Organisational loss – the extent and reasons for the demise of organisations
The second article of a series of commentaries on the size, shape
and health of the Voluntary Sector in New Zealand
POSTED: 7 February 2018
The number of organisations that fail is surprisingly high given the level of passion, dedication and commitment that is generally required for their creation. But, there are clues to those failures that have significance from a fundraising perspective.
In the first of this series, the size of the sector was revealed. The whole of the Voluntary sector as a we know it in New Zealand comprises 114,000 ‘community based’ organisations. Of those, some 27,800 are Registered Charities. Records show that we have the highest density of Charities within the western world. And, we have been creating them at a staggering rate. The population of Registered Charities grew at the rate of 16 per week between 2009 and 2015.
Those statistics tell just part of the story however. Like any population figures, it is made up of a mix of immigration, births and deaths – yes, the analogy with the human population is relevant.
Immigration accounts for a significant proportion of the sector – most mainstream Churches, numerous sporting organisations and iconic community organisations such as St John, Red Cross, Barnardo’s, Salvation Army, Oxfam, Greenpeace, World Vision, etc.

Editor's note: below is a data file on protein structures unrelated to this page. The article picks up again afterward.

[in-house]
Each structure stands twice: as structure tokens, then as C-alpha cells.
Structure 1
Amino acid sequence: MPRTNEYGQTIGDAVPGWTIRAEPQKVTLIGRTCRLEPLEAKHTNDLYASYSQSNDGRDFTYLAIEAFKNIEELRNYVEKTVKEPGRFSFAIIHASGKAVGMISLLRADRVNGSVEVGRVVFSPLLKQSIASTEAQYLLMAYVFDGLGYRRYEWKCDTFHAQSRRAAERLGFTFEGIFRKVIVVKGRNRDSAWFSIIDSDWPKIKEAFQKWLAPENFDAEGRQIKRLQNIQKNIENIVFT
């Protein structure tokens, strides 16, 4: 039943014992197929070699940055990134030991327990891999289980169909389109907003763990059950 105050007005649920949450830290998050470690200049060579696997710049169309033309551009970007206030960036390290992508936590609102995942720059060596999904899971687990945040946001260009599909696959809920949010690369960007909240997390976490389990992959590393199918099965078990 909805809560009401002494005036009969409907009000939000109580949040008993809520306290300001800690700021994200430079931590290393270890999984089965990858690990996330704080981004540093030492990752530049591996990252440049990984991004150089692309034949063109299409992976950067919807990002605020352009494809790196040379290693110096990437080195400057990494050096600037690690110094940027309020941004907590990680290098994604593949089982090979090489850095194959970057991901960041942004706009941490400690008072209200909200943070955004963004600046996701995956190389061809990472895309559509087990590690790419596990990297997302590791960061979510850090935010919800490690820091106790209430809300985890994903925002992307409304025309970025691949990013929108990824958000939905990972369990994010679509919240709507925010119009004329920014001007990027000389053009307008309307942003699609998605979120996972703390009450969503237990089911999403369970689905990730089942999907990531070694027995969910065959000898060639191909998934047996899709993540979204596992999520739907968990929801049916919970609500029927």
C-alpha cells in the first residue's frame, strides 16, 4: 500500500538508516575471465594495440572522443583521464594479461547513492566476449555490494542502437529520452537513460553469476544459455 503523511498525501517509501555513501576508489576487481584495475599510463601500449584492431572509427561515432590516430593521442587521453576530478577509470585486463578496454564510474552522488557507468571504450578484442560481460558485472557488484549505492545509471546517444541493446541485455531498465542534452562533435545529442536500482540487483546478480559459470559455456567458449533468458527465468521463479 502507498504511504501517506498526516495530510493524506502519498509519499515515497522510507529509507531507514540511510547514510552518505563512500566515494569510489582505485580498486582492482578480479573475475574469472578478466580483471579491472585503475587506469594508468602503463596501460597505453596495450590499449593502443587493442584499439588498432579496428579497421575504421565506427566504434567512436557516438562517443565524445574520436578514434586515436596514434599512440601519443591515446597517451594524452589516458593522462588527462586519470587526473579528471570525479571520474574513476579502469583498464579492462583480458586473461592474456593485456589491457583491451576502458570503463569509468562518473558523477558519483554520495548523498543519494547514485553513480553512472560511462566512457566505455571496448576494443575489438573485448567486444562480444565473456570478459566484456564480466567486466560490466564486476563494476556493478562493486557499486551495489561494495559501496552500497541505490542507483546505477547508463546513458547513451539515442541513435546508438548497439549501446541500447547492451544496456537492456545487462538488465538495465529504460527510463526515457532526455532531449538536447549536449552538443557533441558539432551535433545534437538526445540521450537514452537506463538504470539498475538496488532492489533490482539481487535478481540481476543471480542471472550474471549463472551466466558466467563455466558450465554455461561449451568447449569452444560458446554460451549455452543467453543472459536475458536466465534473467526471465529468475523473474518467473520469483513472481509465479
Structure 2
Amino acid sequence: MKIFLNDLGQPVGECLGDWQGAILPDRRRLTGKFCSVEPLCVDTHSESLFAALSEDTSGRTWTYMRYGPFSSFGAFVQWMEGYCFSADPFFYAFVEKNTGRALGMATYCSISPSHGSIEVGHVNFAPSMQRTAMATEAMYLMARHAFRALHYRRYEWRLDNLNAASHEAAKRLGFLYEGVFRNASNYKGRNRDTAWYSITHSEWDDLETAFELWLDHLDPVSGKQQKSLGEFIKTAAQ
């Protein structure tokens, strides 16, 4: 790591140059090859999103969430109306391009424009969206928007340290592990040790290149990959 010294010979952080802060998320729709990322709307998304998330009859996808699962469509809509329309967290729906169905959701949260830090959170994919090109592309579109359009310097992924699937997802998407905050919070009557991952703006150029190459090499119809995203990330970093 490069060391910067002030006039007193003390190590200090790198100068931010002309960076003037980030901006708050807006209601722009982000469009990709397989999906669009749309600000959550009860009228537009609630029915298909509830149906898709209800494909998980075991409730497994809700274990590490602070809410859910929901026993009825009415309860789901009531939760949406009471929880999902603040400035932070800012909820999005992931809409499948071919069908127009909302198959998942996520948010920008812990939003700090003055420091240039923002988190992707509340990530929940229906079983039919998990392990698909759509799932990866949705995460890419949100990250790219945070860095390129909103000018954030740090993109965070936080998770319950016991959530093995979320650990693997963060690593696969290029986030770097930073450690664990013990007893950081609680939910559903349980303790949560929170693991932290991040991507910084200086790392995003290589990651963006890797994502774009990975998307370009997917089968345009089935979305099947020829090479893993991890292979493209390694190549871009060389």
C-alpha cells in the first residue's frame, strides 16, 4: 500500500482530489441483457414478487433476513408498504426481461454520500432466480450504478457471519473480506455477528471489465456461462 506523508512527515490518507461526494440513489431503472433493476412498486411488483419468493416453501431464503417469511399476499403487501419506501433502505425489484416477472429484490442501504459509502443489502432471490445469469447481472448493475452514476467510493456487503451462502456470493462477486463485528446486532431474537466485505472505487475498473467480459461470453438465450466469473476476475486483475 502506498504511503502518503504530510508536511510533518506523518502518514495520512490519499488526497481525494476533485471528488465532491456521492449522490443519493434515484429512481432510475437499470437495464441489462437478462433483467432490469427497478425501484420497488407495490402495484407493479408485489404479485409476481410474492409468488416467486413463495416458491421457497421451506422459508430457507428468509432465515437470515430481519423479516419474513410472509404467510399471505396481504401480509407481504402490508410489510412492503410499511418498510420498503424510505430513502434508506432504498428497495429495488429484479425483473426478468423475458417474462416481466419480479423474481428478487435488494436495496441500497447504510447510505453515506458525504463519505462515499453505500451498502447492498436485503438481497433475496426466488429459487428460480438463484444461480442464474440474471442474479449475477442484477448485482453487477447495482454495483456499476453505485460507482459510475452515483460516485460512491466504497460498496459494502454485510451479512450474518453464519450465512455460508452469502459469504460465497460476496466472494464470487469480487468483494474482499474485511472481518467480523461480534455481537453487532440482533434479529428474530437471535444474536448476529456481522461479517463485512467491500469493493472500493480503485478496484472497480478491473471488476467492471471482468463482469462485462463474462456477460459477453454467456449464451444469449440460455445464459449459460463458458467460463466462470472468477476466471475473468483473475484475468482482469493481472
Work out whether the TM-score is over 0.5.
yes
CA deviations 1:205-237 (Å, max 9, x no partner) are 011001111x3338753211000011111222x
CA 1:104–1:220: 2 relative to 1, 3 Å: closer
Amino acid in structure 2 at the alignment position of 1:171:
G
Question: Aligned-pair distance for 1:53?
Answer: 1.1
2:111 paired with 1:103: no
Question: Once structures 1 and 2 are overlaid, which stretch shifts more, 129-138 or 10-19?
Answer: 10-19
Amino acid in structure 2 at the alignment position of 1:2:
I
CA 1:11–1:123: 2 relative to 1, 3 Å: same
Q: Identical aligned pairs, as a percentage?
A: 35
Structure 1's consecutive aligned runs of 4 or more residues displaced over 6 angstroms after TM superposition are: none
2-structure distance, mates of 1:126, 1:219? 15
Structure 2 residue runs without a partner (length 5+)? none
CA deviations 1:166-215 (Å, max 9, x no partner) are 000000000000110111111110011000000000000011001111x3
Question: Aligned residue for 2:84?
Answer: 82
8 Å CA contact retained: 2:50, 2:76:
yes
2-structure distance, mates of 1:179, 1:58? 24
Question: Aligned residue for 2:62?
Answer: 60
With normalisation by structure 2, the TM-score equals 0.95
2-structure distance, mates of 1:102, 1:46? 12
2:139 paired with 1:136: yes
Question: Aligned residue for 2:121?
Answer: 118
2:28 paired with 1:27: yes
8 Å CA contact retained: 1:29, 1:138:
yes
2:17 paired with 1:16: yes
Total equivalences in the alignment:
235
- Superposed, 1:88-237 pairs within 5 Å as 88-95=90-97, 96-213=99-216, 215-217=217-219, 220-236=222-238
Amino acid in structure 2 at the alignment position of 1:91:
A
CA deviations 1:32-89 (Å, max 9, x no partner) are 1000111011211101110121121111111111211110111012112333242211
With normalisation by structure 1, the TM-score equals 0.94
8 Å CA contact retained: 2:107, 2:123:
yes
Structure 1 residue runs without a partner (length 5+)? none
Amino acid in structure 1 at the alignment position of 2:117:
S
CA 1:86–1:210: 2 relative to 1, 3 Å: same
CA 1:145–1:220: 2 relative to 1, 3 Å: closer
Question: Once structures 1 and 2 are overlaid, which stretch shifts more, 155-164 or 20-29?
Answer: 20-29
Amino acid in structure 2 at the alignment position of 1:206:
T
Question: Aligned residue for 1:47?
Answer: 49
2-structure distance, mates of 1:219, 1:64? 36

According to Statistics NZ the whole industry grew from 97,000 to 114,000 between 2004 and 2013 – 17,000 in 9 years (36 per week!). But that is the population growth. In that same period, the ‘birth-rate” was nearly 27,600 … because nearly 10,600 Incorporated
Societies and Charitable trusts ceased to exist.
For some, their work was done and the ongoing need for the organisation no longer existed. Similarly, many were dissolved because of structural changes within a wider organisation.
The SPCA is the latest of these to pursue that path. That will result in the disappearance of fifty or so registered entities. IHC did the same back in the 1960s or thereabouts. They now operate as just one “organisation.” St John similarly, has reduced the number of separately registered entities. It is understood that Presbyterian and Methodist Churches are each considering changing the configuration with one group amalgamating – like SPCA – while the other is considering separating out its numerous entities. There are no rules that require organisations to be one way or the other.